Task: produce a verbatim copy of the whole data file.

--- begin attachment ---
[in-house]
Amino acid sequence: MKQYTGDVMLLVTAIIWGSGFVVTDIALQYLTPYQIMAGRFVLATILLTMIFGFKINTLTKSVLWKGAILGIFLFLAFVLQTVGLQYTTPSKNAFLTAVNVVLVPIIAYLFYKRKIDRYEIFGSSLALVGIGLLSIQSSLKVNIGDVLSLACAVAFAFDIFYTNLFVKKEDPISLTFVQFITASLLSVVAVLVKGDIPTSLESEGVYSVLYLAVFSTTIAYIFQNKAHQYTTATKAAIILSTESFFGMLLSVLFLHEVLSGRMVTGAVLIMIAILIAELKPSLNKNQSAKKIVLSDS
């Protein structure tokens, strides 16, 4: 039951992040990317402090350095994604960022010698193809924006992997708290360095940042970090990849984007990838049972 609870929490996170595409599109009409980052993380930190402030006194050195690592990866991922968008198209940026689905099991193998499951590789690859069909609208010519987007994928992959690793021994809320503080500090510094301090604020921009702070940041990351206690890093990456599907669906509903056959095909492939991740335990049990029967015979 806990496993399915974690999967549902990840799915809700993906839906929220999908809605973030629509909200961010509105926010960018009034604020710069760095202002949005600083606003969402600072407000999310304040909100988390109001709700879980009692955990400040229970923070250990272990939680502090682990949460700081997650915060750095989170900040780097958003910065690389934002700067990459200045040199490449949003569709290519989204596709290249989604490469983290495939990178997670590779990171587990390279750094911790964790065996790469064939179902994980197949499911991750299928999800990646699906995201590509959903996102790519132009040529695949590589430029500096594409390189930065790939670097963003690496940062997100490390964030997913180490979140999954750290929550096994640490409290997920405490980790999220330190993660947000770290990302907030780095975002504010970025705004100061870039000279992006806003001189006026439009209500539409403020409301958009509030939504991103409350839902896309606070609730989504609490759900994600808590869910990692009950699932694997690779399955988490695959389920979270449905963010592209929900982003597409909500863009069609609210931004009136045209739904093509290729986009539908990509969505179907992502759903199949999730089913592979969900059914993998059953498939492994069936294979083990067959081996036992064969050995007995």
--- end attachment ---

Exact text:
[in-house]
Amino acid sequence: MKQYTGDVMLLVTAIIWGSGFVVTDIALQYLTPYQIMAGRFVLATILLTMIFGFKINTLTKSVLWKGAILGIFLFLAFVLQTVGLQYTTPSKNAFLTAVNVVLVPIIAYLFYKRKIDRYEIFGSSLALVGIGLLSIQSSLKVNIGDVLSLACAVAFAFDIFYTNLFVKKEDPISLTFVQFITASLLSVVAVLVKGDIPTSLESEGVYSVLYLAVFSTTIAYIFQNKAHQYTTATKAAIILSTESFFGMLLSVLFLHEVLSGRMVTGAVLIMIAILIAELKPSLNKNQSAKKIVLSDS
């Protein structure tokens, strides 16, 4: 039951992040990317402090350095994604960022010698193809924006992997708290360095940042970090990849984007990838049972 609870929490996170595409599109009409980052993380930190402030006194050195690592990866991922968008198209940026689905099991193998499951590789690859069909609208010519987007994928992959690793021994809320503080500090510094301090604020921009702070940041990351206690890093990456599907669906509903056959095909492939991740335990049990029967015979 806990496993399915974690999967549902990840799915809700993906839906929220999908809605973030629509909200961010509105926010960018009034604020710069760095202002949005600083606003969402600072407000999310304040909100988390109001709700879980009692955990400040229970923070250990272990939680502090682990949460700081997650915060750095989170900040780097958003910065690389934002700067990459200045040199490449949003569709290519989204596709290249989604490469983290495939990178997670590779990171587990390279750094911790964790065996790469064939179902994980197949499911991750299928999800990646699906995201590509959903996102790519132009040529695949590589430029500096594409390189930065790939670097963003690496940062997100490390964030997913180490979140999954750290929550096994640490409290997920405490980790999220330190993660947000770290990302907030780095975002504010970025705004100061870039000279992006806003001189006026439009209500539409403020409301958009509030939504991103409350839902896309606070609730989504609490759900994600808590869910990692009950699932694997690779399955988490695959389920979270449905963010592209929900982003597409909500863009069609609210931004009136045209739904093509290729986009539908990509969505179907992502759903199949999730089913592979969900059914993998059953498939492994069936294979083990067959081996036992064969050995007995």